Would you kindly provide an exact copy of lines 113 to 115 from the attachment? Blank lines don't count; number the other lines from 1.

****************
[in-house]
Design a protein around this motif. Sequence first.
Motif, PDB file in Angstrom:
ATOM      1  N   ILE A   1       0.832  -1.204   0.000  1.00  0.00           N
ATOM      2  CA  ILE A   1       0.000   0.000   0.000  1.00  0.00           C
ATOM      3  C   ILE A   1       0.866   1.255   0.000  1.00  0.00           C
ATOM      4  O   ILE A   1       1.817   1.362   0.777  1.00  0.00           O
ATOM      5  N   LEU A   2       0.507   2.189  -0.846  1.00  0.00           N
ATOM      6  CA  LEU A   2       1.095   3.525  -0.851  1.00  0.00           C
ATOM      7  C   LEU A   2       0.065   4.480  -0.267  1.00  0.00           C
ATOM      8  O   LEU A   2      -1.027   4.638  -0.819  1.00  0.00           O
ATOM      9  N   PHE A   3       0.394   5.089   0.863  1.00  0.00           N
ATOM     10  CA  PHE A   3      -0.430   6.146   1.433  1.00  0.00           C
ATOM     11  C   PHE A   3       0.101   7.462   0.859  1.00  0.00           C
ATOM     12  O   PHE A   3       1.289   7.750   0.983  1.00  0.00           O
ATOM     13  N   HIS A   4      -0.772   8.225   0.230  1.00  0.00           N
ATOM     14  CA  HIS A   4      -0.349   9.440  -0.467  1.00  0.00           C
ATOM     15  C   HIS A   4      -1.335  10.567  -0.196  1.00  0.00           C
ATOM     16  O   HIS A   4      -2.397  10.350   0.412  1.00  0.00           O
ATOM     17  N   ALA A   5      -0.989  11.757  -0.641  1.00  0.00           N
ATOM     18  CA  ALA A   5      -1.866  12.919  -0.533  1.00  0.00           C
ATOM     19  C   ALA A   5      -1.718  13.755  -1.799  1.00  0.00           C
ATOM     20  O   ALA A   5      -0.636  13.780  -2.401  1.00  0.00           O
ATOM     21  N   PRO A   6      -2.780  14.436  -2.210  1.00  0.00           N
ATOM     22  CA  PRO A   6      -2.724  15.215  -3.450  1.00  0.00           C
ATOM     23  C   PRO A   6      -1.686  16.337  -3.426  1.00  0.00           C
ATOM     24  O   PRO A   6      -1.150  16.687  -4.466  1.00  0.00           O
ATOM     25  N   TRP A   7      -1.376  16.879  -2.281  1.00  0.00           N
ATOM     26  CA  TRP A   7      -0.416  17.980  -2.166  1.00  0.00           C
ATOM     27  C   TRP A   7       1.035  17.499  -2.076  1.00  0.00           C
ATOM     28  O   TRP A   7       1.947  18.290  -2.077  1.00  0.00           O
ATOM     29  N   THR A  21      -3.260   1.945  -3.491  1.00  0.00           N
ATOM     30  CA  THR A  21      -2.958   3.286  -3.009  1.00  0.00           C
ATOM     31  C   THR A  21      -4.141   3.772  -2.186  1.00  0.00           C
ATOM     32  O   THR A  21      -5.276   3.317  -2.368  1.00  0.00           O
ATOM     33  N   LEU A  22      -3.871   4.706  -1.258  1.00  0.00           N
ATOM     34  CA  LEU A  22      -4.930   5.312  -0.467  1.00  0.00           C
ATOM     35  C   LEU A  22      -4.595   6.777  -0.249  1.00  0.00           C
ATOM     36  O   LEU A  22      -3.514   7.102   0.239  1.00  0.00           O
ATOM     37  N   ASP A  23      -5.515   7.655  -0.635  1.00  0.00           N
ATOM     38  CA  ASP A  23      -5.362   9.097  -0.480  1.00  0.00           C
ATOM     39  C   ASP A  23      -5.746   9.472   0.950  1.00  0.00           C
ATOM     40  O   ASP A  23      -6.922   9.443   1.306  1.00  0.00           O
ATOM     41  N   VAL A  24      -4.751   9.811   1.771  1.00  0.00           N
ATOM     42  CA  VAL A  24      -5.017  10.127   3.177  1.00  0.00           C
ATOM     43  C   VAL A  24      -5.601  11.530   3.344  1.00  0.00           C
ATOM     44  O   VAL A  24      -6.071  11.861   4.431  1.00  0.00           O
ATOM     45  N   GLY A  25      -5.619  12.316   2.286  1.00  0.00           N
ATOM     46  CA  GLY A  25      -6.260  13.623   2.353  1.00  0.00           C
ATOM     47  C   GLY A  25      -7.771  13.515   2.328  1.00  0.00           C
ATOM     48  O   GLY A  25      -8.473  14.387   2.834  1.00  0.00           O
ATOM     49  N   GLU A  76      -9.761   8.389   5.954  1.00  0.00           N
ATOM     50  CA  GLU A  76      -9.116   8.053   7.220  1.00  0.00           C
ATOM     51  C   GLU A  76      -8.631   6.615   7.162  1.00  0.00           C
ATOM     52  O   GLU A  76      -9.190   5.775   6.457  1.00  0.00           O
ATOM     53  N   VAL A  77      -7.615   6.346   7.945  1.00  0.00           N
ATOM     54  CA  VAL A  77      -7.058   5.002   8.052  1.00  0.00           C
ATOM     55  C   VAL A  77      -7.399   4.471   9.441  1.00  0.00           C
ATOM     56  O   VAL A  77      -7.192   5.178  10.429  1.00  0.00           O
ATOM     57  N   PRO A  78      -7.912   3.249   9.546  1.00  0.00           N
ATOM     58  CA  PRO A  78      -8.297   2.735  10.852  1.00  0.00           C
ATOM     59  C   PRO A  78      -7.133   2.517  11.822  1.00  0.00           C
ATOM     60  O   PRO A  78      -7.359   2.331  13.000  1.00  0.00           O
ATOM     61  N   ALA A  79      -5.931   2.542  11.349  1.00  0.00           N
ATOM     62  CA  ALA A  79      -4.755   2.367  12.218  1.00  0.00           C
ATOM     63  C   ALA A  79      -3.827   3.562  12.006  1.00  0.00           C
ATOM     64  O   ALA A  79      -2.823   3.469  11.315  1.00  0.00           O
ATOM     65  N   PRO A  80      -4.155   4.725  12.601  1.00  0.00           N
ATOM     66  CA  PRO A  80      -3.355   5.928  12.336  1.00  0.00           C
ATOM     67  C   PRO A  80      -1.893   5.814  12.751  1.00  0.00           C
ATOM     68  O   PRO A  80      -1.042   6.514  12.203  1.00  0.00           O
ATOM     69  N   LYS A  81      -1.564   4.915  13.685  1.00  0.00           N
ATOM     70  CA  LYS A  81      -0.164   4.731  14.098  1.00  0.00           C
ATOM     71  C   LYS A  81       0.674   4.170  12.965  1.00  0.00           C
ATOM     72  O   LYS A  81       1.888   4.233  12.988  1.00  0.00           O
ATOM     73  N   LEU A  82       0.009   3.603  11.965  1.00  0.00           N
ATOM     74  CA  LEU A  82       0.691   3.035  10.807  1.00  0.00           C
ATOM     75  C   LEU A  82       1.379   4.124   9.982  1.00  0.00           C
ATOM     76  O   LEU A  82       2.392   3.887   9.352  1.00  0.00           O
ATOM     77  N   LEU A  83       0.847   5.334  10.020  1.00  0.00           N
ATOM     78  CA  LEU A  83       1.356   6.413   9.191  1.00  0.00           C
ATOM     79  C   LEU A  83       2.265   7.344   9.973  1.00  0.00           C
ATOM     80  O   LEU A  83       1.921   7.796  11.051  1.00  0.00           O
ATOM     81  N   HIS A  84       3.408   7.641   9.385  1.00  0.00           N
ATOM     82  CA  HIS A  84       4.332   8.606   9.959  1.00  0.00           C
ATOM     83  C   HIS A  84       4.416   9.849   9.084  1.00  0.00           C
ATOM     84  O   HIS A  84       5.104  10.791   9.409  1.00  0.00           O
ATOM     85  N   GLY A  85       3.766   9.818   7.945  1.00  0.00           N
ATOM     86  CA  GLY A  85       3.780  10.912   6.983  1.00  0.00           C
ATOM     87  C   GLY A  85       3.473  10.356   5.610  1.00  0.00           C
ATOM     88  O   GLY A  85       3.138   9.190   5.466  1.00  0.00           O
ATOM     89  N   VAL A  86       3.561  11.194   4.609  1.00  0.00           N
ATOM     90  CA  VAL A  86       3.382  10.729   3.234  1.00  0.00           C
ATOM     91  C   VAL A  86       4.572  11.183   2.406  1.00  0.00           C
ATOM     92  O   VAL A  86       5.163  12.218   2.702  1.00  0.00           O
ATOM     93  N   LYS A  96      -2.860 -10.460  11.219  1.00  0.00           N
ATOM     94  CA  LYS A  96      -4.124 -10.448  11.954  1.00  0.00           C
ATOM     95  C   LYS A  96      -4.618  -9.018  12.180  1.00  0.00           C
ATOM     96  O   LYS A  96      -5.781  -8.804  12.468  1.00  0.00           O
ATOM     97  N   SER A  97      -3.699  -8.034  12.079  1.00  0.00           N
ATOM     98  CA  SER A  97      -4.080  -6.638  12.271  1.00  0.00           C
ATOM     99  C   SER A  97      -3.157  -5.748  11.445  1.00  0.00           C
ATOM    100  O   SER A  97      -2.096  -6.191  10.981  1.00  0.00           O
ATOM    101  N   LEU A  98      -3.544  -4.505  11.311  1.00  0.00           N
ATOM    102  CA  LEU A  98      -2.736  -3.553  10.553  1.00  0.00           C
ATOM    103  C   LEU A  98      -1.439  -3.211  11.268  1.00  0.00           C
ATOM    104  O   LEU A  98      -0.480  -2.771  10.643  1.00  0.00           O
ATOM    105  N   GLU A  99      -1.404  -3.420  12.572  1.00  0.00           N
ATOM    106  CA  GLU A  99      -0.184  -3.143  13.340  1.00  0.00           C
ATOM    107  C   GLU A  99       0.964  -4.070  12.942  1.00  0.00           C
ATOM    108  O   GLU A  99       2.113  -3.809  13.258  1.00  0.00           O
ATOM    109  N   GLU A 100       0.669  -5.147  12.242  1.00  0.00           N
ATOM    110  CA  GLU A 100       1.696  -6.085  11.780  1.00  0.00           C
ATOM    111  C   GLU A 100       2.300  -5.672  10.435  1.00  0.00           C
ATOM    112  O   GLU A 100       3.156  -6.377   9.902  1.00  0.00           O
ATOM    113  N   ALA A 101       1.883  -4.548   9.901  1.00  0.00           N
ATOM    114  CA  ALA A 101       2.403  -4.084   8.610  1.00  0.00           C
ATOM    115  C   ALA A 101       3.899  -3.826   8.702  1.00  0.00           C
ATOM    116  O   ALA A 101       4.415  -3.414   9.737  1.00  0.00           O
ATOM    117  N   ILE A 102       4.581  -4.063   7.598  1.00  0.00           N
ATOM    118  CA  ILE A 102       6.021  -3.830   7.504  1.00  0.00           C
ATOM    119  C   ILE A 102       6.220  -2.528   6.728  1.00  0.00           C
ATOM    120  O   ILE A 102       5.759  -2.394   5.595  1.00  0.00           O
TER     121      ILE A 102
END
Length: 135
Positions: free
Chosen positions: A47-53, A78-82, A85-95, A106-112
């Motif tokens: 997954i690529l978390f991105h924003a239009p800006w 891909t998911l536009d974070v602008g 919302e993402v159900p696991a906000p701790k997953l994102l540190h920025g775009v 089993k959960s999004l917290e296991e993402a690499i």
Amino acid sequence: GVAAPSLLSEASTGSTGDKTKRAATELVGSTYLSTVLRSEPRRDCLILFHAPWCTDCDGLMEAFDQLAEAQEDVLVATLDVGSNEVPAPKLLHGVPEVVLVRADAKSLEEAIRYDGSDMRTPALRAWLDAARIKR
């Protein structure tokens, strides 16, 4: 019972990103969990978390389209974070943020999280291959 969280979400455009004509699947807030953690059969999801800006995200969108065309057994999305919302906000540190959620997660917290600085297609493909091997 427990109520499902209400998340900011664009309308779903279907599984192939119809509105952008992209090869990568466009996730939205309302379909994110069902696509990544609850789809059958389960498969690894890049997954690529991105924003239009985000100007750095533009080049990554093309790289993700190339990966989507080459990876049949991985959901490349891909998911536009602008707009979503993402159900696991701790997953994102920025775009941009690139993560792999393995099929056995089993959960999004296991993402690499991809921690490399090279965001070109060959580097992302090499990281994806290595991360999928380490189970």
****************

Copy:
ATOM    110  CA  GLU A 100       1.696  -6.085  11.780  1.00  0.00           C
ATOM    111  C   GLU A 100       2.300  -5.672  10.435  1.00  0.00           C
ATOM    112  O   GLU A 100       3.156  -6.377   9.902  1.00  0.00           O